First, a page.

The Metropolitan in Sofia (the Metro) is a rapid transit network, which services the Bulgarian capital.
It began operation with 1998 and to this date has 2 lines and 35 stations. They connect the distance corners of the city. Lyulin-Mladost is the 1st line (in red) and leads to the Airport or the Business park as last stops. Nadezhda-Lozenets is the 2nd line (in blue), leading from the Nadezhda district up until the footstep of Vitosha mountain. It is also in the top 30 most expensive Metropolitans in Europe.
Planned in 1960s, the construction of the Metro was not launched until the late 1990s, mainly because there was no urgent need for it and also due to lack of sufficient funding. Another factor was the depth at which the construction had to be carried out, as Sofia is one of the oldest cities in Europe and the layers beneath the center of the city contain valuable historical sites and artifacts of Roman and Thracian origin.
The evidences of antiquity can clearly be seen at Serdika station, which is the junction between the blue and red line of the Metro. The construction of the Metro system was formed by the route that sees the biggest passanger traffic, which can easily reach 38,000 at rush hour.
First line M1 – Red line
The first 6.5 kilometer-long section of line 1, connecting Lyulin to Konstantin Velichkov Blvd was inaugurated on the 28th of January 1998. Opulchenska station began its service in 1999 and Serdika station – on the 31st of October the following year. The line was additionally extended, reaching the Obelya housing estate in April 2003. The extension of line one continued in 2005 with the start of the construction of tunnels and three stations linking Serdika station with the IInterpedWorld Trade Center in Izgrev (station Frédéric Joliot-Curie).
In 2006 Izgrev and Mladost 1 housing estate were connected. In 2009 Vasil Levski stabilisation was established, creating an uninterrupted link between Obelya and Mladost 1.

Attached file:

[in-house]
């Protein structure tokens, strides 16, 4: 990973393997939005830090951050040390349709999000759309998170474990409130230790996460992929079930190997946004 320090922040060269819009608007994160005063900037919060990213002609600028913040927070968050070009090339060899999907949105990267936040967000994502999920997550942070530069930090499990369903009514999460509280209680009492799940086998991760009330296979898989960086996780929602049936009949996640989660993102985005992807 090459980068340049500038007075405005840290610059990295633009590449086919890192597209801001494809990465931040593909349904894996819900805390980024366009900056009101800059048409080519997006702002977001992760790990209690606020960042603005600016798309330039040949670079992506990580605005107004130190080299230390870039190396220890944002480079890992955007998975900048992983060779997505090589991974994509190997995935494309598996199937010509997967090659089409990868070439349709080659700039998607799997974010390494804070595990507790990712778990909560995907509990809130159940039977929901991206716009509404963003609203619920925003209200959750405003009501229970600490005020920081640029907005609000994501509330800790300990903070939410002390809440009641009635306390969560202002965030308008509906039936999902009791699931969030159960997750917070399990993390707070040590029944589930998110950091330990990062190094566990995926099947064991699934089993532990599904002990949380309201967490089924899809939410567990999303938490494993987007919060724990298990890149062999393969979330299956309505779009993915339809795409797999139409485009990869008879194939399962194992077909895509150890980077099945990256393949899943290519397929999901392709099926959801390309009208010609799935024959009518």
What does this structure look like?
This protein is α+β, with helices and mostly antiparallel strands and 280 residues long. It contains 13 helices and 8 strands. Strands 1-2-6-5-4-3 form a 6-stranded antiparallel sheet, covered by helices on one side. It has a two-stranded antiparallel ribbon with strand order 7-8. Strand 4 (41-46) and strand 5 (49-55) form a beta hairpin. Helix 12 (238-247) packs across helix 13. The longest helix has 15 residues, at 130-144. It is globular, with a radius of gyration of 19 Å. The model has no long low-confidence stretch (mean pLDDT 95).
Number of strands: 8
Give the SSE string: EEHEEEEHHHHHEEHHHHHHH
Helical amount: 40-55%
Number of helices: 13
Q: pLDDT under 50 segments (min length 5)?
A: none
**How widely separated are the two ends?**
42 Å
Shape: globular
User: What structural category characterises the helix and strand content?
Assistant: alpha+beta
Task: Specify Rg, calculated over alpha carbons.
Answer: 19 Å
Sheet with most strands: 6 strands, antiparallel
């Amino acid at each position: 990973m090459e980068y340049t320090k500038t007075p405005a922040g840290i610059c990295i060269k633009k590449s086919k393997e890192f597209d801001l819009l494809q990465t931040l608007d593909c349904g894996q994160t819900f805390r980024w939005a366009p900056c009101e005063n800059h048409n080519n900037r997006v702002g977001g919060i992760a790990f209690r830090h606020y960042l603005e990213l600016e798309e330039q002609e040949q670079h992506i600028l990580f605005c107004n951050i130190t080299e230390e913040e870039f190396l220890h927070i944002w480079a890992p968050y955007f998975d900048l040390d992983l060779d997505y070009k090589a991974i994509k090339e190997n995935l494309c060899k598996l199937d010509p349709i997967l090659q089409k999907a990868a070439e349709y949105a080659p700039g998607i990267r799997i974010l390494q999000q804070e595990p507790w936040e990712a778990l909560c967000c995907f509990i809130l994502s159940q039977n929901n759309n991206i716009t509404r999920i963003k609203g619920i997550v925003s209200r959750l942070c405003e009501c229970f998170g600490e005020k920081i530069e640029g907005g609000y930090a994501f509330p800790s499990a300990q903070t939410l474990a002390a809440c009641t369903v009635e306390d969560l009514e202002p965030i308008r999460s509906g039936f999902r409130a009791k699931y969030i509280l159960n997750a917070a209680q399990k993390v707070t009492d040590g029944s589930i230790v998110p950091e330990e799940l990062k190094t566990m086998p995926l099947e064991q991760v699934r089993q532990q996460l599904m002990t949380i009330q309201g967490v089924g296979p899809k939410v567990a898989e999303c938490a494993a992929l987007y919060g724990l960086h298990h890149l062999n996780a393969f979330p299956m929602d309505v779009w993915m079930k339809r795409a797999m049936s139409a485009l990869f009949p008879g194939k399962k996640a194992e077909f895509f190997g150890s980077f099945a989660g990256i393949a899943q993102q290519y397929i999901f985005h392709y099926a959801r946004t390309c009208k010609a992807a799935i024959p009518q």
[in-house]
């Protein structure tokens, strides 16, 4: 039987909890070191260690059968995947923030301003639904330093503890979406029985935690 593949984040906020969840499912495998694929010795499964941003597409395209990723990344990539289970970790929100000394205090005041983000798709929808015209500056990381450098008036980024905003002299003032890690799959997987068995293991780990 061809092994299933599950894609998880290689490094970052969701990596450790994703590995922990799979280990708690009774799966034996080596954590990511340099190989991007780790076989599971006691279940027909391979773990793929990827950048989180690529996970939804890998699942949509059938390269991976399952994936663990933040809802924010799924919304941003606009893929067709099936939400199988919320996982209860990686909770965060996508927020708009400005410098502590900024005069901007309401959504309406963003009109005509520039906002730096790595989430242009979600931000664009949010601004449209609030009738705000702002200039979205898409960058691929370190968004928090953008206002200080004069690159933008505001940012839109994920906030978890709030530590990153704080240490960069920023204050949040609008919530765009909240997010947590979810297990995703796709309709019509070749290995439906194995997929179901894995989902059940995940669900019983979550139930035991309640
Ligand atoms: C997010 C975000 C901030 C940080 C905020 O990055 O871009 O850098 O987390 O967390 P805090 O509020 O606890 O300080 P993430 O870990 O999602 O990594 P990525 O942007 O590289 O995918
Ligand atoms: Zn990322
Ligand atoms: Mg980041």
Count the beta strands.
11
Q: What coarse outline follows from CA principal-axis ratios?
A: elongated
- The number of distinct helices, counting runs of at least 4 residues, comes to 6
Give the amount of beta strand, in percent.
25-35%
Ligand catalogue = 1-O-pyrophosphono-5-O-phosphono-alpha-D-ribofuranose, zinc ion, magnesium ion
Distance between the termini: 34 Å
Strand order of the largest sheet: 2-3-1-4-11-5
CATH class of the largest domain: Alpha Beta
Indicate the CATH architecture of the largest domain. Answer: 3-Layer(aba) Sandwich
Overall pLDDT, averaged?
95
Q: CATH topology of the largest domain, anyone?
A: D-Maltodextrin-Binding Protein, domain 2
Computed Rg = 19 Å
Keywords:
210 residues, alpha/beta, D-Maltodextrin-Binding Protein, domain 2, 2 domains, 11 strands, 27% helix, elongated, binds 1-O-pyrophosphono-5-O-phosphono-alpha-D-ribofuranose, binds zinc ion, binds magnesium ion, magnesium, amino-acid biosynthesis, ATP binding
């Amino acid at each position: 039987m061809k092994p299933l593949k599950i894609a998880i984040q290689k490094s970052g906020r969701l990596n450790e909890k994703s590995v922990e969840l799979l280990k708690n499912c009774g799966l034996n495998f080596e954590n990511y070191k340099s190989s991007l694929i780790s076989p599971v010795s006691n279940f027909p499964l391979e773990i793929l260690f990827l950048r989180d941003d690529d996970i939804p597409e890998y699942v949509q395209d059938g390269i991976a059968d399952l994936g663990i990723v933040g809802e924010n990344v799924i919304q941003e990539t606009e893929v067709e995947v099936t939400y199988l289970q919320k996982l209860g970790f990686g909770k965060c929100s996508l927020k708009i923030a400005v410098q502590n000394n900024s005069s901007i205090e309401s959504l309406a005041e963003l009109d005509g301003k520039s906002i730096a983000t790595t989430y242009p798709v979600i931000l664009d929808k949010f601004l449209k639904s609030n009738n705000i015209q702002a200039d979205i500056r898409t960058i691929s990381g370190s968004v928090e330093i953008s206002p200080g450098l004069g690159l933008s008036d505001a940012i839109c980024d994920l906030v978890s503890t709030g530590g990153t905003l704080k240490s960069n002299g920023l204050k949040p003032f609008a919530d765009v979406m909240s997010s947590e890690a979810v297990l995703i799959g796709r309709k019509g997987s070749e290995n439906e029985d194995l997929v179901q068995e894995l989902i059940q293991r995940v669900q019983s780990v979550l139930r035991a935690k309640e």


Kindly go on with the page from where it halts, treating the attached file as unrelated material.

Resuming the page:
After Mladost 1 station line 1 branches in two: to the (passing through the Druzhba district) Sofia Airport and to the Buisiness park.
Second line M2 – Blue line
The second line links Obelya, Nadezhda and Lozenets districts to the city center. Half of the construction was covered by the European Union. Construction works on the section between Nadezhda an Lozenets via the Central Railway Station and the National Palace of Culture began in 2008.
Work on the section between Obelya and Nadezhda districts began in 2010. Both sections of the line entered in service in 2012.
National Palace of Culture Europion Union stations and their connecting tunnels we’re partially completed during the construction of the National Palace of Culture in 1981.
In 2016 the Vitosha station was complete, connecting the Hladilnika district with the rest of Sofia.
Third line M3 – Green line
This is the next project for the Sofia Metropolitan, as it is planned to connect the Ovcha Kupel and Vasil Levski districts with 16 additional stations in total. The line should be put into service in 2019, as it is already under construction.
The design of each Sofia Metro station is unique. Especially the more newly-launched stations. The designed complements the meaning and symbolism of the places that the stations serve.
The Sofia Metro is the most convinient way of travel in Sofia, as for example you can go to Sofia Airport from the Central Railway Station for about 40 minutes, which won’t be possible with the traffic above ground.